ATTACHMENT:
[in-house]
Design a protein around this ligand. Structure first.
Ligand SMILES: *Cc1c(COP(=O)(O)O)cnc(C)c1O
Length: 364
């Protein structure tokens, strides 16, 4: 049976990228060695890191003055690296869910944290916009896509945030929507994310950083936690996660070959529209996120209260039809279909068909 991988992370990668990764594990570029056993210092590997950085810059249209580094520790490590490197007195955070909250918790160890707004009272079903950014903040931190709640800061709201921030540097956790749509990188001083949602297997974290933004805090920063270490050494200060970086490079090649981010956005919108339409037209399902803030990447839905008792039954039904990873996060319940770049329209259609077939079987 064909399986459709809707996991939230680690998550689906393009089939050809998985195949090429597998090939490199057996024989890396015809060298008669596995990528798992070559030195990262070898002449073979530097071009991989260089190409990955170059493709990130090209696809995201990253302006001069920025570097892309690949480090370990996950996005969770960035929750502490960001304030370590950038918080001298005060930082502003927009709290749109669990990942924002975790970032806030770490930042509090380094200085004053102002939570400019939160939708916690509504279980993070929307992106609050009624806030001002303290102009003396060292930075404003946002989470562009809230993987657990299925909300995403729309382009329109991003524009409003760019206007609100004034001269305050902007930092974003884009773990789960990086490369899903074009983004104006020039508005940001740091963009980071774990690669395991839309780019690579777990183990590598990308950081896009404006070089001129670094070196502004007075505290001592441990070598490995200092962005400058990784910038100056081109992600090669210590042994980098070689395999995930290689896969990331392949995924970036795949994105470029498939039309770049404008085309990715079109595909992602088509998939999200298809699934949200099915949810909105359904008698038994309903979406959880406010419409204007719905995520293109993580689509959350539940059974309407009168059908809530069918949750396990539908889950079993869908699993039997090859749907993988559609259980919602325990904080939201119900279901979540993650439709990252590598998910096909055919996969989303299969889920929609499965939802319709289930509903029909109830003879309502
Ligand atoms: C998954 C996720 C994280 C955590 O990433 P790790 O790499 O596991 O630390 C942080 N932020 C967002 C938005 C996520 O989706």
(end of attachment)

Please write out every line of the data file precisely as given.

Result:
[in-house]
Design a protein around this ligand. Structure first.
Ligand SMILES: *Cc1c(COP(=O)(O)O)cnc(C)c1O
Length: 364
């Protein structure tokens, strides 16, 4: 049976990228060695890191003055690296869910944290916009896509945030929507994310950083936690996660070959529209996120209260039809279909068909 991988992370990668990764594990570029056993210092590997950085810059249209580094520790490590490197007195955070909250918790160890707004009272079903950014903040931190709640800061709201921030540097956790749509990188001083949602297997974290933004805090920063270490050494200060970086490079090649981010956005919108339409037209399902803030990447839905008792039954039904990873996060319940770049329209259609077939079987 064909399986459709809707996991939230680690998550689906393009089939050809998985195949090429597998090939490199057996024989890396015809060298008669596995990528798992070559030195990262070898002449073979530097071009991989260089190409990955170059493709990130090209696809995201990253302006001069920025570097892309690949480090370990996950996005969770960035929750502490960001304030370590950038918080001298005060930082502003927009709290749109669990990942924002975790970032806030770490930042509090380094200085004053102002939570400019939160939708916690509504279980993070929307992106609050009624806030001002303290102009003396060292930075404003946002989470562009809230993987657990299925909300995403729309382009329109991003524009409003760019206007609100004034001269305050902007930092974003884009773990789960990086490369899903074009983004104006020039508005940001740091963009980071774990690669395991839309780019690579777990183990590598990308950081896009404006070089001129670094070196502004007075505290001592441990070598490995200092962005400058990784910038100056081109992600090669210590042994980098070689395999995930290689896969990331392949995924970036795949994105470029498939039309770049404008085309990715079109595909992602088509998939999200298809699934949200099915949810909105359904008698038994309903979406959880406010419409204007719905995520293109993580689509959350539940059974309407009168059908809530069918949750396990539908889950079993869908699993039997090859749907993988559609259980919602325990904080939201119900279901979540993650439709990252590598998910096909055919996969989303299969889920929609499965939802319709289930509903029909109830003879309502
Ligand atoms: C998954 C996720 C994280 C955590 O990433 P790790 O790499 O596991 O630390 C942080 N932020 C967002 C938005 C996520 O989706």